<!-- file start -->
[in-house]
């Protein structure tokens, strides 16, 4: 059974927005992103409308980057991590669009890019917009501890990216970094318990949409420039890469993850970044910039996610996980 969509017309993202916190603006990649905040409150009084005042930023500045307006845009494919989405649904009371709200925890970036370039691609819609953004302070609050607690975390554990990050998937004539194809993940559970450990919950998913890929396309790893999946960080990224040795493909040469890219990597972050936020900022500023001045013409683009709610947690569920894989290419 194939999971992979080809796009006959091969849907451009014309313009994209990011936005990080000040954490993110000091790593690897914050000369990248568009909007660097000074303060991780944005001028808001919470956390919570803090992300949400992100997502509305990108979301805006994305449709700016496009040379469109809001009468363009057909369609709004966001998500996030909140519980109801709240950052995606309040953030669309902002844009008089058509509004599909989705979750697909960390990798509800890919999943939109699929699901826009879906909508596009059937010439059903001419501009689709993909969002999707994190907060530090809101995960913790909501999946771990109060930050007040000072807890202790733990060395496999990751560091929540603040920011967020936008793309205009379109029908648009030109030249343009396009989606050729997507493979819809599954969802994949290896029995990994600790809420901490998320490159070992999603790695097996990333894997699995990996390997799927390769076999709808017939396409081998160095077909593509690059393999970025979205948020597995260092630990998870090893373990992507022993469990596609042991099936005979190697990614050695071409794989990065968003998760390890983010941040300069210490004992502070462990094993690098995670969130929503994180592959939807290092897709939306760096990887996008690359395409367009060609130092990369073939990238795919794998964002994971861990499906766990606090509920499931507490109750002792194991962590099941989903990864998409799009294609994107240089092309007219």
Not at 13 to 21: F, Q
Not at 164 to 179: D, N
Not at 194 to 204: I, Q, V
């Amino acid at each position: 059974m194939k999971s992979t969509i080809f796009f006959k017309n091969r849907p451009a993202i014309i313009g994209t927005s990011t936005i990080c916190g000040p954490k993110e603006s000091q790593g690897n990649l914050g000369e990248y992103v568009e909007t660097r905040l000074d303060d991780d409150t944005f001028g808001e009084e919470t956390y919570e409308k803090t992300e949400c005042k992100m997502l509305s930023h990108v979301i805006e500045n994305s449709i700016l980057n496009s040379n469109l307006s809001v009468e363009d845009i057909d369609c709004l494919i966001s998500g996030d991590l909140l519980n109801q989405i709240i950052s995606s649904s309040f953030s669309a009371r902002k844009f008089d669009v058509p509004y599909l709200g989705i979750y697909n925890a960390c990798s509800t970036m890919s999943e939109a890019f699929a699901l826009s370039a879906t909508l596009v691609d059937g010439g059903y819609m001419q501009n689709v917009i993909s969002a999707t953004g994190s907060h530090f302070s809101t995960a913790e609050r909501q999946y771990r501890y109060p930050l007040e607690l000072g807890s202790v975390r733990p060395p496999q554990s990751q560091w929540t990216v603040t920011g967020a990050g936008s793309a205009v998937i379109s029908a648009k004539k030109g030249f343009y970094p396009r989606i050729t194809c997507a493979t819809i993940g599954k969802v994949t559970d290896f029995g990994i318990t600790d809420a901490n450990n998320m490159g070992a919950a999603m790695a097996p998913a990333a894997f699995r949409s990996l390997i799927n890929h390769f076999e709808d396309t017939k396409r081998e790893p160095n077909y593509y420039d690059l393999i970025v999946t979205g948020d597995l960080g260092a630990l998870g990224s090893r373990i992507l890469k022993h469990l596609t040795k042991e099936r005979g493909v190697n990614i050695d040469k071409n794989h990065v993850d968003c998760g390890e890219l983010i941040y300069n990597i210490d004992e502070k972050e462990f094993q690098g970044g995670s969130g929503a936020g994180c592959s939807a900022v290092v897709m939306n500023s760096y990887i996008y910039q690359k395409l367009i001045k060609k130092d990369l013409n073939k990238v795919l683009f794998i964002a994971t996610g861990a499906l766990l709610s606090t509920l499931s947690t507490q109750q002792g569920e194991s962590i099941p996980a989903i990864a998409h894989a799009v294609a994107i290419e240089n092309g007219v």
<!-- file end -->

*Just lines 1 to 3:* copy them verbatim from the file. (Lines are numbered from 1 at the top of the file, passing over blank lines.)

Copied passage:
[in-house]
């Protein structure tokens, strides 16, 4: 059974927005992103409308980057991590669009890019917009501890990216970094318990949409420039890469993850970044910039996610996980 969509017309993202916190603006990649905040409150009084005042930023500045307006845009494919989405649904009371709200925890970036370039691609819609953004302070609050607690975390554990990050998937004539194809993940559970450990919950998913890929396309790893999946960080990224040795493909040469890219990597972050936020900022500023001045013409683009709610947690569920894989290419 194939999971992979080809796009006959091969849907451009014309313009994209990011936005990080000040954490993110000091790593690897914050000369990248568009909007660097000074303060991780944005001028808001919470956390919570803090992300949400992100997502509305990108979301805006994305449709700016496009040379469109809001009468363009057909369609709004966001998500996030909140519980109801709240950052995606309040953030669309902002844009008089058509509004599909989705979750697909960390990798509800890919999943939109699929699901826009879906909508596009059937010439059903001419501009689709993909969002999707994190907060530090809101995960913790909501999946771990109060930050007040000072807890202790733990060395496999990751560091929540603040920011967020936008793309205009379109029908648009030109030249343009396009989606050729997507493979819809599954969802994949290896029995990994600790809420901490998320490159070992999603790695097996990333894997699995990996390997799927390769076999709808017939396409081998160095077909593509690059393999970025979205948020597995260092630990998870090893373990992507022993469990596609042991099936005979190697990614050695071409794989990065968003998760390890983010941040300069210490004992502070462990094993690098995670969130929503994180592959939807290092897709939306760096990887996008690359395409367009060609130092990369073939990238795919794998964002994971861990499906766990606090509920499931507490109750002792194991962590099941989903990864998409799009294609994107240089092309007219």
Not at 13 to 21: F, Q